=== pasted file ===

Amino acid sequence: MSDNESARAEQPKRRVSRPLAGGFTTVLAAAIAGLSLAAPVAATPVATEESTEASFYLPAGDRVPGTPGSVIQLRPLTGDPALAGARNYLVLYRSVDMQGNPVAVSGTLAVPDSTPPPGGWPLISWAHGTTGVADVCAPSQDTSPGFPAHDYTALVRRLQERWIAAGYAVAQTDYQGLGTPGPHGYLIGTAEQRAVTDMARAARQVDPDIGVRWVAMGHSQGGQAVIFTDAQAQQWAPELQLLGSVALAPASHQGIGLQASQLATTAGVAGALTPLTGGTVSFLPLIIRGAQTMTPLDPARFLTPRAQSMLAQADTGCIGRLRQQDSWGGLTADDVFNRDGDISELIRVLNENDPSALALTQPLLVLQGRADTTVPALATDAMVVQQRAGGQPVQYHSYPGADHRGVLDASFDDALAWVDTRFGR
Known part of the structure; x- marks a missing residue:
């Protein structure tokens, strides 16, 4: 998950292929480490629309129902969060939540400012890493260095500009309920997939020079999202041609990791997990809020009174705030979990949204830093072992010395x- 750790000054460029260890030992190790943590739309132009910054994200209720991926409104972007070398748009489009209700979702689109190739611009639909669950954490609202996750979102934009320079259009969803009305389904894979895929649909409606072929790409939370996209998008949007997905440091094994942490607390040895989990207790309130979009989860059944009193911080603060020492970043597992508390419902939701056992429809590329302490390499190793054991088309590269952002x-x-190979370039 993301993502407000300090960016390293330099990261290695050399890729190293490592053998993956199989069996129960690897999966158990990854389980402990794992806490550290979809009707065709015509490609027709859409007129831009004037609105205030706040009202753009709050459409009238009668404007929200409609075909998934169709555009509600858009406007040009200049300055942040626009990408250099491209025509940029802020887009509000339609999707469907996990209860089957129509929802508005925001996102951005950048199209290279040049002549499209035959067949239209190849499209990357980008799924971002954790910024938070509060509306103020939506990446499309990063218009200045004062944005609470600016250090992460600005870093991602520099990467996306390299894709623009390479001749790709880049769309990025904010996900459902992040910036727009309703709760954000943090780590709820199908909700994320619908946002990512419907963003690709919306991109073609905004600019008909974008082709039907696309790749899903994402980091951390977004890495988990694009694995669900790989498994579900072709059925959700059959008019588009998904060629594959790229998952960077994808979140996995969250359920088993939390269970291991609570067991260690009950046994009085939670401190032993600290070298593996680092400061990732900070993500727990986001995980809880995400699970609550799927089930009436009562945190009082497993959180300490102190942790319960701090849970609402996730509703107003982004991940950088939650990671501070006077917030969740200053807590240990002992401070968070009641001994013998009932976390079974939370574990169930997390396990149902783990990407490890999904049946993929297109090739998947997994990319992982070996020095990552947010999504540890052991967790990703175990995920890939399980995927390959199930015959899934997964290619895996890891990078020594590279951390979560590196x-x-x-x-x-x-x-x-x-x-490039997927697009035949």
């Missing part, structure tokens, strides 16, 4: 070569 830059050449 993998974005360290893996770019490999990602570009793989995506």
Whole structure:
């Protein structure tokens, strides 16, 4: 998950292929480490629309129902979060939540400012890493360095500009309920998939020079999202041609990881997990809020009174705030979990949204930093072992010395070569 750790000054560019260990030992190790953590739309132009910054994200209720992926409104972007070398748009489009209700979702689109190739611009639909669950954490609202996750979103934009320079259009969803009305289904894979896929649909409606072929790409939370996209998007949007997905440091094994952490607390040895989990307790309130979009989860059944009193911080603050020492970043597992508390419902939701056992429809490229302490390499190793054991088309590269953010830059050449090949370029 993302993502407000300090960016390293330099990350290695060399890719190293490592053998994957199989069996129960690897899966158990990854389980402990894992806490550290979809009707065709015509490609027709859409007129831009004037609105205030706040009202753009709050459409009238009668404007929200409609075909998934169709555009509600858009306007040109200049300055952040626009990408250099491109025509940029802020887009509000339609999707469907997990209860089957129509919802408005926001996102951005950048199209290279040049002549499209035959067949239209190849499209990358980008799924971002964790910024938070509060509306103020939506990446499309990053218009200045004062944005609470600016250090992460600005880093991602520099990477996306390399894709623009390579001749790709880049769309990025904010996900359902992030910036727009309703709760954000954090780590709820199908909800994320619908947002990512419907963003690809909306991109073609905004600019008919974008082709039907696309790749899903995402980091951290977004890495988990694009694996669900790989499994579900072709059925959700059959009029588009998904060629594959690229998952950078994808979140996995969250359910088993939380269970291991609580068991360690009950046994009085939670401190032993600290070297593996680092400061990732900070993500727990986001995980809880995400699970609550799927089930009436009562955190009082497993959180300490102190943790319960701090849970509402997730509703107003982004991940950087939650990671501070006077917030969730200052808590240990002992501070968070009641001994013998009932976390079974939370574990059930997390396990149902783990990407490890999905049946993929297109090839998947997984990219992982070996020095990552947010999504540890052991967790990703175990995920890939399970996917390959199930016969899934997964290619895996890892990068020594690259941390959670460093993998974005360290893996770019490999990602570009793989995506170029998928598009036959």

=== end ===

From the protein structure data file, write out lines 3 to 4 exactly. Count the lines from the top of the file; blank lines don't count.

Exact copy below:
């Protein structure tokens, strides 16, 4: 998950292929480490629309129902969060939540400012890493260095500009309920997939020079999202041609990791997990809020009174705030979990949204830093072992010395x- 750790000054460029260890030992190790943590739309132009910054994200209720991926409104972007070398748009489009209700979702689109190739611009639909669950954490609202996750979102934009320079259009969803009305389904894979895929649909409606072929790409939370996209998008949007997905440091094994942490607390040895989990207790309130979009989860059944009193911080603060020492970043597992508390419902939701056992429809590329302490390499190793054991088309590269952002x-x-190979370039 993301993502407000300090960016390293330099990261290695050399890729190293490592053998993956199989069996129960690897999966158990990854389980402990794992806490550290979809009707065709015509490609027709859409007129831009004037609105205030706040009202753009709050459409009238009668404007929200409609075909998934169709555009509600858009406007040009200049300055942040626009990408250099491209025509940029802020887009509000339609999707469907996990209860089957129509929802508005925001996102951005950048199209290279040049002549499209035959067949239209190849499209990357980008799924971002954790910024938070509060509306103020939506990446499309990063218009200045004062944005609470600016250090992460600005870093991602520099990467996306390299894709623009390479001749790709880049769309990025904010996900459902992040910036727009309703709760954000943090780590709820199908909700994320619908946002990512419907963003690709919306991109073609905004600019008909974008082709039907696309790749899903994402980091951390977004890495988990694009694995669900790989498994579900072709059925959700059959008019588009998904060629594959790229998952960077994808979140996995969250359920088993939390269970291991609570067991260690009950046994009085939670401190032993600290070298593996680092400061990732900070993500727990986001995980809880995400699970609550799927089930009436009562945190009082497993959180300490102190942790319960701090849970609402996730509703107003982004991940950088939650990671501070006077917030969740200053807590240990002992401070968070009641001994013998009932976390079974939370574990169930997390396990149902783990990407490890999904049946993929297109090739998947997994990319992982070996020095990552947010999504540890052991967790990703175990995920890939399980995927390959199930015959899934997964290619895996890891990078020594590279951390979560590196x-x-x-x-x-x-x-x-x-x-490039997927697009035949």
């Missing part, structure tokens, strides 16, 4: 070569 830059050449 993998974005360290893996770019490999990602570009793989995506």